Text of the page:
Shares in Daily Mail & General Trust slumped the most since 2001 after giving investors news they didn't want to hear: 2018 will essentially be a lost year.
The publisher of the Daily Mail newspaper said fiscal 2018 will be a "year of transition," warning of weakness across its businesses, a higher tax rate and a hit from asset sales. The stock fell as much as 29 percent Thursday, the most since the Sept. 11 attacks, when the company's trade publishing business suffered losses from canceled New York events.
The plunge shows some investors are losing patience with the company's delays in delivering a turnaround, a little over a year after CEO Paul Zwillenberg took over. Panmure Gordon & Co. berated the company for what it called "arguably the fifth transitional year in a row," highlighting how one of Britain's biggest media brands is struggling to reinvent itself from a tabloid publisher to a diversified global media group.
While the company, known as DMGT, didn't put firm numbers on the outlook, analysts took down their ratings. Panmure Gordon's Jonathan Helliwell forecast a more than 20 percent slide in earnings per share in the coming year. He called the guidance "notably weak" in a note to clients and said the warning of a transitional year "may be the understatement of the century."
The company also announced impairment charges of 206 million pounds ($277 million) against several of its investments, including Genscape, SiteCompli and Xceligent. "That points to the risk of what has been DMGT's change into an almost-VC style structure," says Liberum analyst Ian Whittaker, who downgraded the stock to hold from buy.
Zwillenberg opened up the business to dramatic changes, saying in December 2016 that there were "no sacred cows" he wouldn't consider selling. The company subsequently reduced its stake in trade publisher Euromoney to a minority holding. Zwillenberg, a former management consultant who met company Chairman Jonathan Harmsworth—known as Lord Rothermere—in college, reiterated the message Thursday.
"It has become apparent we need to implement real change across the group, and at pace," Zwillenberg said in a presentation to analysts. "It's good that we started on this path last year, because the headwinds in many of our markets have intensified over the past 12 months."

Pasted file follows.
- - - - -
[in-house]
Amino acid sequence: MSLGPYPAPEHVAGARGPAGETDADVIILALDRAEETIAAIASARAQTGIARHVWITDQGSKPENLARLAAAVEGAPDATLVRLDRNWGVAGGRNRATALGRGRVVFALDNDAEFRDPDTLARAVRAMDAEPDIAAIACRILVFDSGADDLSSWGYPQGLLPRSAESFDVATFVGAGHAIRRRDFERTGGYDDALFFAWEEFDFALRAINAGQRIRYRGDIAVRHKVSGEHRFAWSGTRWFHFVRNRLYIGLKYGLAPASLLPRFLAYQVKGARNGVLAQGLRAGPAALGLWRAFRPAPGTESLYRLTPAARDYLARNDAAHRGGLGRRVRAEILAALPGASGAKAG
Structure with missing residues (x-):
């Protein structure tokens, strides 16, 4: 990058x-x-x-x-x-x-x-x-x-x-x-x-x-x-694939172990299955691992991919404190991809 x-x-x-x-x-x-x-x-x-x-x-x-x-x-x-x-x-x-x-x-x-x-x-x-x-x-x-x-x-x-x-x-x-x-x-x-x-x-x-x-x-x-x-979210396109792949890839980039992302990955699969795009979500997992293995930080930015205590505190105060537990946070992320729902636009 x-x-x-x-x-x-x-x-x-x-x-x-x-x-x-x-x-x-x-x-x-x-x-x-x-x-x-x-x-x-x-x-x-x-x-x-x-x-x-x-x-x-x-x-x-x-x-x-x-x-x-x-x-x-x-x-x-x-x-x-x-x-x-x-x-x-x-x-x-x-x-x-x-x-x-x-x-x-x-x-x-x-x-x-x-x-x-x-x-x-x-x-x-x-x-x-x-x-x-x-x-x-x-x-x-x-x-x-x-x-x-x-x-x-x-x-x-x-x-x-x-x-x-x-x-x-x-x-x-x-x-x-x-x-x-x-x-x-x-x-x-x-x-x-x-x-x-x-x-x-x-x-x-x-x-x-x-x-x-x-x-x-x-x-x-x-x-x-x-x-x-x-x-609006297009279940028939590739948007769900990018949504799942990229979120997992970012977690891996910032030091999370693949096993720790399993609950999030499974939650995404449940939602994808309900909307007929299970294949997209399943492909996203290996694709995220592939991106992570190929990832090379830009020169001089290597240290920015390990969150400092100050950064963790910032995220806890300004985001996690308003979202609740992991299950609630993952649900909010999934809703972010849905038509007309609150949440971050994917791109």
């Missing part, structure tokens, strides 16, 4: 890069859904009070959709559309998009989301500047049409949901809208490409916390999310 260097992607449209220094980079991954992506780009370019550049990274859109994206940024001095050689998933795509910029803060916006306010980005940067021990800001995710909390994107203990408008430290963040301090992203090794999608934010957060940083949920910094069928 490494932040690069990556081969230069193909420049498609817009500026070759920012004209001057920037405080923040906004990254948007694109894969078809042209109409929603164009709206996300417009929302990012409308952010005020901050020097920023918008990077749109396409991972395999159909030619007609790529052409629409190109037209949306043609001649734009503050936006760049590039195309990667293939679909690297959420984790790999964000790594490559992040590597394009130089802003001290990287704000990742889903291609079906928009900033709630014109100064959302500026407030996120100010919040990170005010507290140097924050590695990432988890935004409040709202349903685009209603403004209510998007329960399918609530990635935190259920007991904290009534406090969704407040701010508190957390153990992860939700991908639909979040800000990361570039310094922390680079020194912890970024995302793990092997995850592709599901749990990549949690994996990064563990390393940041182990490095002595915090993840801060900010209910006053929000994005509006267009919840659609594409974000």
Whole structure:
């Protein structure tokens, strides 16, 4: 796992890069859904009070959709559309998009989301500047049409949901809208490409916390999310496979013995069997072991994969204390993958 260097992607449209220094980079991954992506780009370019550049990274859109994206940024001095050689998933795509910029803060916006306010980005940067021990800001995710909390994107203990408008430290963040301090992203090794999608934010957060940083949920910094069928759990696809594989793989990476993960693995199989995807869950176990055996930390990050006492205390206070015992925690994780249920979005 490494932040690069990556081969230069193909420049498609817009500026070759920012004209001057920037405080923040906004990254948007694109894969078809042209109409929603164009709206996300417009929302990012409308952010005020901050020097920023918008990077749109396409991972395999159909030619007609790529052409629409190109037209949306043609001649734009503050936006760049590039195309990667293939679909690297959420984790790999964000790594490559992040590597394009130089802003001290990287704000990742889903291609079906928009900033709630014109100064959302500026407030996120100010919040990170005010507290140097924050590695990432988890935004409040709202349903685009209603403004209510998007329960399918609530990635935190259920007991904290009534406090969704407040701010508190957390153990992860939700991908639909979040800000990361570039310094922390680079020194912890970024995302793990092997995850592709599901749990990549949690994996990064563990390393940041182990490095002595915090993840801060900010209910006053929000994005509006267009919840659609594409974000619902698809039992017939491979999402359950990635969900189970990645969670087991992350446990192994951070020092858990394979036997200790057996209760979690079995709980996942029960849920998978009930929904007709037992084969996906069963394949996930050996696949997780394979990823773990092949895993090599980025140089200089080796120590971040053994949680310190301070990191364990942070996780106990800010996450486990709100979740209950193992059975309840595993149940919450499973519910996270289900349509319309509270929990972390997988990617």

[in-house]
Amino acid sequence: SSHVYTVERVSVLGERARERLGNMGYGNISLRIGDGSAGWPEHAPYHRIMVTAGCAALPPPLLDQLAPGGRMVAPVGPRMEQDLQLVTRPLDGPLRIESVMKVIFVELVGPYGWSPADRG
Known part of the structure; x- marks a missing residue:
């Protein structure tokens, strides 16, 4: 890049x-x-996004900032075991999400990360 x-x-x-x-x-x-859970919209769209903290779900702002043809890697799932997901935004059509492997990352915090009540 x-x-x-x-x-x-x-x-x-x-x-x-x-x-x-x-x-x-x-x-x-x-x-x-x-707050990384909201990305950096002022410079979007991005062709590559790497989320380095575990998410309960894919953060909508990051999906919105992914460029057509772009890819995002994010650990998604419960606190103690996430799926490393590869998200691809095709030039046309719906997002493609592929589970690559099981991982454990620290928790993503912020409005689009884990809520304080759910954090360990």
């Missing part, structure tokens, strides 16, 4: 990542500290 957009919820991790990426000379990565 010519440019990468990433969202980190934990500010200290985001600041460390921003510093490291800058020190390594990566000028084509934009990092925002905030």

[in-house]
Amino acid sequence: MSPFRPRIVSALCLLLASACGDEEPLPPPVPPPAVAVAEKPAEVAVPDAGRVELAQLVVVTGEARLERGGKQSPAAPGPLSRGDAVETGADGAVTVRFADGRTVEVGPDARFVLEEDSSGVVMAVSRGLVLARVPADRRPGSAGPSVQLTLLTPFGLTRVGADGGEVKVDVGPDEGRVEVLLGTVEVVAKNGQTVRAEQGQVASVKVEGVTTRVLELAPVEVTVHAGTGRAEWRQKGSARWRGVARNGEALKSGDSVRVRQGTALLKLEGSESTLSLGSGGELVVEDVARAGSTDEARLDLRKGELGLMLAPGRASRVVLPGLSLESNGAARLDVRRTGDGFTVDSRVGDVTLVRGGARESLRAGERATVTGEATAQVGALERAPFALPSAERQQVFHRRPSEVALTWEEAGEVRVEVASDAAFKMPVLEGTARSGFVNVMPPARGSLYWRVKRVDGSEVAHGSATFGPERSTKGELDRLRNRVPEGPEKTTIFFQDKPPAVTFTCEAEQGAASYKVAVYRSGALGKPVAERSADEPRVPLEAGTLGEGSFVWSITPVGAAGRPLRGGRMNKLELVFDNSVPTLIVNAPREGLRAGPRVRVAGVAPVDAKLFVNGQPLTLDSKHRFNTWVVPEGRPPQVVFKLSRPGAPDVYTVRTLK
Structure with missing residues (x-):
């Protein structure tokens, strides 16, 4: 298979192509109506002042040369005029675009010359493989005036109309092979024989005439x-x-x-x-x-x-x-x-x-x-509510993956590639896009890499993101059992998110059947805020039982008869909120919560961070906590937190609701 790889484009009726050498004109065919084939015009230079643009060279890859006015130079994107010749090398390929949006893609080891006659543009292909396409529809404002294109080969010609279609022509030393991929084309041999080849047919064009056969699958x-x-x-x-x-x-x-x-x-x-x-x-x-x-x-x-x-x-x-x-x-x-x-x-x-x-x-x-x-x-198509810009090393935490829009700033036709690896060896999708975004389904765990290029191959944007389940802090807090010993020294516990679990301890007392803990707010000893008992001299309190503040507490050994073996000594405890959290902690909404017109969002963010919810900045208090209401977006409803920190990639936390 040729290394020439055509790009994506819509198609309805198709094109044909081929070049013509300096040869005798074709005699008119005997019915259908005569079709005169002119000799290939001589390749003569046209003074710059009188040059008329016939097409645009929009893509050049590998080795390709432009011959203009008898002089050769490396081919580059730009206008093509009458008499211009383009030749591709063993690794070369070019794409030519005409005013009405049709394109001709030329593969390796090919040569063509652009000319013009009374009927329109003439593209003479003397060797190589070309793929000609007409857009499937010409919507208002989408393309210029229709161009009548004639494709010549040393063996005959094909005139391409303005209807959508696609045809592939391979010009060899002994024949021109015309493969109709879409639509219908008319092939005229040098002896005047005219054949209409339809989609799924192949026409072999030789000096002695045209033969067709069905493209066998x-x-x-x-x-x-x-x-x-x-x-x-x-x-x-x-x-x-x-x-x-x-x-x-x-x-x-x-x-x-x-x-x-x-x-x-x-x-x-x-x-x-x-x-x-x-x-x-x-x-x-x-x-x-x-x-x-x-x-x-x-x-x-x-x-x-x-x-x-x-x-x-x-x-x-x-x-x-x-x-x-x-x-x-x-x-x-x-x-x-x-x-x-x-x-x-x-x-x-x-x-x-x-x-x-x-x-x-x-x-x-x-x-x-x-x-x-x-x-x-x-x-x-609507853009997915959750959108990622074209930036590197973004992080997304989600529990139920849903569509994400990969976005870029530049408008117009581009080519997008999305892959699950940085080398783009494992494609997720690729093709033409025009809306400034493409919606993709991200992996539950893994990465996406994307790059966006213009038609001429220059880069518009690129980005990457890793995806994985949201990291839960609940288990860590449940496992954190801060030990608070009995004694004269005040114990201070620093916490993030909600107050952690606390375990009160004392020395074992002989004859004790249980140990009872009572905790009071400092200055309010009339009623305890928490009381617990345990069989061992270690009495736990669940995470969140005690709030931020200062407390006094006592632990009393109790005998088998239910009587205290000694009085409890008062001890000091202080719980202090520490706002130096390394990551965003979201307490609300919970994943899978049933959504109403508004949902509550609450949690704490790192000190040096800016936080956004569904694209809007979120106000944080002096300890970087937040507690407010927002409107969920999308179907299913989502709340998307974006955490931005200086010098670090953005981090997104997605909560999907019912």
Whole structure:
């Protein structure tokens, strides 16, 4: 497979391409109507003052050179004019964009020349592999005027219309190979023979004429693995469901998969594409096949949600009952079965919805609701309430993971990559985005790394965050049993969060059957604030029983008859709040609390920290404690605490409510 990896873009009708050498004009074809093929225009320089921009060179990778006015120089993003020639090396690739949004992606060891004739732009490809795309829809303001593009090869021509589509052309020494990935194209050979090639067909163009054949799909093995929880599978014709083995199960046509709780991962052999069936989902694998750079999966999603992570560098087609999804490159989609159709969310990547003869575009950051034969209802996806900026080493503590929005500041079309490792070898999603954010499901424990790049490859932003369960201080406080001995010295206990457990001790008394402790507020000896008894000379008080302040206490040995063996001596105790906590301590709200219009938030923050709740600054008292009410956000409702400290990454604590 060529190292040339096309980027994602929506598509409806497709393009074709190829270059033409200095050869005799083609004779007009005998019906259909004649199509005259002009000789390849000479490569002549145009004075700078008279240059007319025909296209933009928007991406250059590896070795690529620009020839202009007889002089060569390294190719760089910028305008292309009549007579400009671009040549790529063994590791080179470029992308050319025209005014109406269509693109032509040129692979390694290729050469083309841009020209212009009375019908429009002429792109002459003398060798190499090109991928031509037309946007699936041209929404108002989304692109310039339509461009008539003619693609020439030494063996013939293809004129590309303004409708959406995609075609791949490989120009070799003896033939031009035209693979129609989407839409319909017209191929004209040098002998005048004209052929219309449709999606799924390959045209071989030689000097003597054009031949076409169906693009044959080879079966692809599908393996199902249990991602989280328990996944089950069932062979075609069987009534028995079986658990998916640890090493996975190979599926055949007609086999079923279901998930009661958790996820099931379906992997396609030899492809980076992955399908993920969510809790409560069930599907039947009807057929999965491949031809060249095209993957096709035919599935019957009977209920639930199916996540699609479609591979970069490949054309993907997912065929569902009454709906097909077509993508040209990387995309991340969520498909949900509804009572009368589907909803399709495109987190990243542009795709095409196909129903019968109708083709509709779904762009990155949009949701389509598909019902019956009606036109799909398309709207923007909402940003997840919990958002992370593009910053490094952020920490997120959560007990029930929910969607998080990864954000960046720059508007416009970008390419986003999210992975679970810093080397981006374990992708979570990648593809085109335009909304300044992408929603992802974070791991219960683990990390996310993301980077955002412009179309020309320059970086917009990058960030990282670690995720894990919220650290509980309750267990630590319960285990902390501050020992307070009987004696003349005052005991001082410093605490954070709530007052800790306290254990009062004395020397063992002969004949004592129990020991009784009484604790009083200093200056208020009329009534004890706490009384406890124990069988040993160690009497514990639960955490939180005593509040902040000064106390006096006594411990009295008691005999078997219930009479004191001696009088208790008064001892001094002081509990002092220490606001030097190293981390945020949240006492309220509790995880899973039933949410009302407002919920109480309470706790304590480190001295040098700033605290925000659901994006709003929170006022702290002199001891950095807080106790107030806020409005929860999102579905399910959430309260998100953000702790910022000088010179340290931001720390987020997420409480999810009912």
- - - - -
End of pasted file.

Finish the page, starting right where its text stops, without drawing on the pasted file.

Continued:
Never a quick turnaround
The company has been diversifying, focusing on expanding digital and business-to-business information and events management units. While the MailOnline web publishing business reported its first profit on Thursday, the Daily Mail is grappling with declining circulation and advertising in the print business. The property information portfolio has been hit by declining residential transactions in the U.K., while the sustained low oil price has affected sales bookings for Canadian energy-related events.
"This was never going to be a quick turnaround," said Crispin Odey, founding partner and portfolio manager of Odey Asset Management, which owns shares in the company. Odey said he supports the company's strategy of focusing on MailOnline over the newspaper business.
The stock was down 24 percent to 535 pence at 3:52 p.m. in London, giving the company a market value of 1.91 billion pounds. The shares had fallen 9.7 percent year-to-date before Thursday, driven by investor concern over weakness in its information and events businesses.
Full-year sales at the publisher rose 1 percent to 1.66 billion pounds, once adjusted for disposals including its reduced Euromoney stake. That narrowly missed an average estimate of 1.67 billion pounds, based on a Bloomberg survey of 11 analysts.
The company will not provide a trading update between its third quarter and full year earnings statements next year, as it has done previously, it said.
-- Bloomberg News